The Girl Guide - 50 lessons in learning to love your changing body
If this book were a person it would be a cool, straight-talking American cousin who came to stay for the weekend, took your tween or young teen to one side and without embarrassment demystified the changes a girl’s body goes through in puberty.
It is fresh, modern, factual and without apology. For certain, some may find it in-your-face and even a little shocking. But more because it so ably describes and tackles what parents can flounder and struggle with. We can all probably remember something excruciating about the way our key parent tried to approach this vital subject. There may be certain words that they chose that still make us shudder or phrases where we wanted the ground to open up and save us from that very uncomfortable moment. We are all human. And probably right now we have some sympathy for that miserable parent of the past, trying their best with the knowledge and confidence they had at the time.
This book is a brilliant antidote to all those memories. The illustrations in this are comforting and actually inspired. And brave, but in a breezy, big hearted, good humoured way. Actually fun, even though the subject is important. I particularly enjoyed a whole page of different pairs of balloons to show how breasts can vary. Nothing is avoided. The issue of hair! Tampons. And the ‘white stuff’. All done in reassuring, unflinching prose. There is a confident, friendly tone that just makes it easy to read and digest. Without horror!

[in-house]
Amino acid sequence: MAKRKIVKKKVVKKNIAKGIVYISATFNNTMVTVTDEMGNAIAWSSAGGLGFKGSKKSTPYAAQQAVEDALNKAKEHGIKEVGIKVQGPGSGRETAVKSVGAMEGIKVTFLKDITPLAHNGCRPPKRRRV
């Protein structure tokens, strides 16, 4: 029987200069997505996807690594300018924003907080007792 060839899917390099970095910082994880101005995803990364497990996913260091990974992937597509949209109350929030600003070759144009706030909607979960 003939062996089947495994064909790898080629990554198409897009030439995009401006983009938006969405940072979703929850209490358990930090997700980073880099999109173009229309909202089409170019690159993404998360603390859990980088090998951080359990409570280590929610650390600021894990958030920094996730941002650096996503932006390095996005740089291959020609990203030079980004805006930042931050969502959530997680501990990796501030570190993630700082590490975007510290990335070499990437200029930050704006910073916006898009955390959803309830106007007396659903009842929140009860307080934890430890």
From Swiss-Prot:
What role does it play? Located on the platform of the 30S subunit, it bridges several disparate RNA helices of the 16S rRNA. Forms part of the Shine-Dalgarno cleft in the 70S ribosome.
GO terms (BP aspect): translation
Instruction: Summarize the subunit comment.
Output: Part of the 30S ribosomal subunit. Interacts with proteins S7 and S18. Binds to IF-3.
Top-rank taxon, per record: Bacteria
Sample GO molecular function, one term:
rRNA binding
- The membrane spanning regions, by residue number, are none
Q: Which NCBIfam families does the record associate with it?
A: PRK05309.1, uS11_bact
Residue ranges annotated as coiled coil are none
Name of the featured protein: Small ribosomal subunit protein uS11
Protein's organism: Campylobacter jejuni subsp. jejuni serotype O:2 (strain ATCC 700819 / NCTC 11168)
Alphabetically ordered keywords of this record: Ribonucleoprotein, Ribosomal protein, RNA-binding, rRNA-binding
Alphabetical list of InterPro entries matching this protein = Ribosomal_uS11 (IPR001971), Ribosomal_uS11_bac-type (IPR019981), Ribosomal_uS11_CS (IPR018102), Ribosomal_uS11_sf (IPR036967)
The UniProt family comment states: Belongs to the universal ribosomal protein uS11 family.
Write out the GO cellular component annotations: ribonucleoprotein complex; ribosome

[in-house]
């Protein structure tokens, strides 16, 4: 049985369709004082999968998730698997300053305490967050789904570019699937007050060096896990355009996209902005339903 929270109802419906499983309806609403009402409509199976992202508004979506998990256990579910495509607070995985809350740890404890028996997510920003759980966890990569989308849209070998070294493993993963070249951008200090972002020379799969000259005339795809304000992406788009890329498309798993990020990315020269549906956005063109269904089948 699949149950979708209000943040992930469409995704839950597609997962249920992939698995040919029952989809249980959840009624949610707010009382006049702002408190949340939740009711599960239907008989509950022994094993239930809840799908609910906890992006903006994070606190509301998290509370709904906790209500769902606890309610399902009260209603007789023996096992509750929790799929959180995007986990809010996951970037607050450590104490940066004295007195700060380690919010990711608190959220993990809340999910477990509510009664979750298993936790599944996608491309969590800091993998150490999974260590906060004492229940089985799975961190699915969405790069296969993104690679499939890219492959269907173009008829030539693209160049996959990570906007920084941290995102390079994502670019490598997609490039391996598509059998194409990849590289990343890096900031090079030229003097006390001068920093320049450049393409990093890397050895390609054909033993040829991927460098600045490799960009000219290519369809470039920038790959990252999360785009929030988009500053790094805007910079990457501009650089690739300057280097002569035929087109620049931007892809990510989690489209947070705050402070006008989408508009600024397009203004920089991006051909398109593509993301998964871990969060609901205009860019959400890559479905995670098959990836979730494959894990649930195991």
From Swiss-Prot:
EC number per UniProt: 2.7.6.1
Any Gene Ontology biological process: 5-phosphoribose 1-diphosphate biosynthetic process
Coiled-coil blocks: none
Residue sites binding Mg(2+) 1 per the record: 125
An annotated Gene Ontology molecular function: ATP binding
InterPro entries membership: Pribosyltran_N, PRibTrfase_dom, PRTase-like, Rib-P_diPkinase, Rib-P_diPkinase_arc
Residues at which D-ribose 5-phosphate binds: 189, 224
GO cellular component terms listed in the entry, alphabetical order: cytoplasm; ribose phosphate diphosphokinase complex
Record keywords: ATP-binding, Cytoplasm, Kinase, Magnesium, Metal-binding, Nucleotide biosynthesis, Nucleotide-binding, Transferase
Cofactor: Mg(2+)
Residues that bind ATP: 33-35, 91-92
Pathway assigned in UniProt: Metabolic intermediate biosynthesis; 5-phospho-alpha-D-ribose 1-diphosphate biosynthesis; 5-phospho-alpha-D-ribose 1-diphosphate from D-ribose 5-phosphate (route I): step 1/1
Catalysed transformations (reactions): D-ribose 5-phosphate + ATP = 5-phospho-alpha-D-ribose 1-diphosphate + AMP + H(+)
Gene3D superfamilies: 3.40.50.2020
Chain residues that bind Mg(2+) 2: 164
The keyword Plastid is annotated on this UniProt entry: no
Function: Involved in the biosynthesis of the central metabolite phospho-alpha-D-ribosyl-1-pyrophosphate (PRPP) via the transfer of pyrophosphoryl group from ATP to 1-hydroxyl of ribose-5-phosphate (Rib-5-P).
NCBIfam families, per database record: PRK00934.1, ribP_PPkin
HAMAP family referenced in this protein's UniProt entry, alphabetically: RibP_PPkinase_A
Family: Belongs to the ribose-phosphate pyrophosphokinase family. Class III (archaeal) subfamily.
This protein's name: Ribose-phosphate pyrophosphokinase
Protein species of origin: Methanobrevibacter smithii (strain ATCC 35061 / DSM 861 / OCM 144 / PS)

And not just physical changes are covered, there is plenty on mood and feelings here too. Retouching images in the media, comfort eating, feeling that everyone is noticing your bodily changes, thrush, and so much more - this is one useful manual from someone who has been there.
My daughter was ready for this book in the run up to her 12th birthday (but as we know they are all different and only a parent can really judge when is the right time). Due to the refreshing nature of this subject, I would definitely suggest you read it first as a parent, so you are aware of what is covered and are happy with the content - we all have our view of what is appropriate for our child to know at certain ages. It will also mean you will be prepared if your child wants to chat about what they have discovered.
If you are looking for a book for your child to read before covering sex and relationships in Year 7 at school, we found this a great choice. Knowledge, as we know is power, and this is a wonderful empowering read for tweens and teens (and yes, us parents will learn something too).
For tweens, teens and any child whose body is starting to develop.
By Marawa Ibrahim. Illustrated by Sinem Erkas. Paperback.
Recommended by publisher for 10 years +
Colour illustrated. 224 pages. Paperback.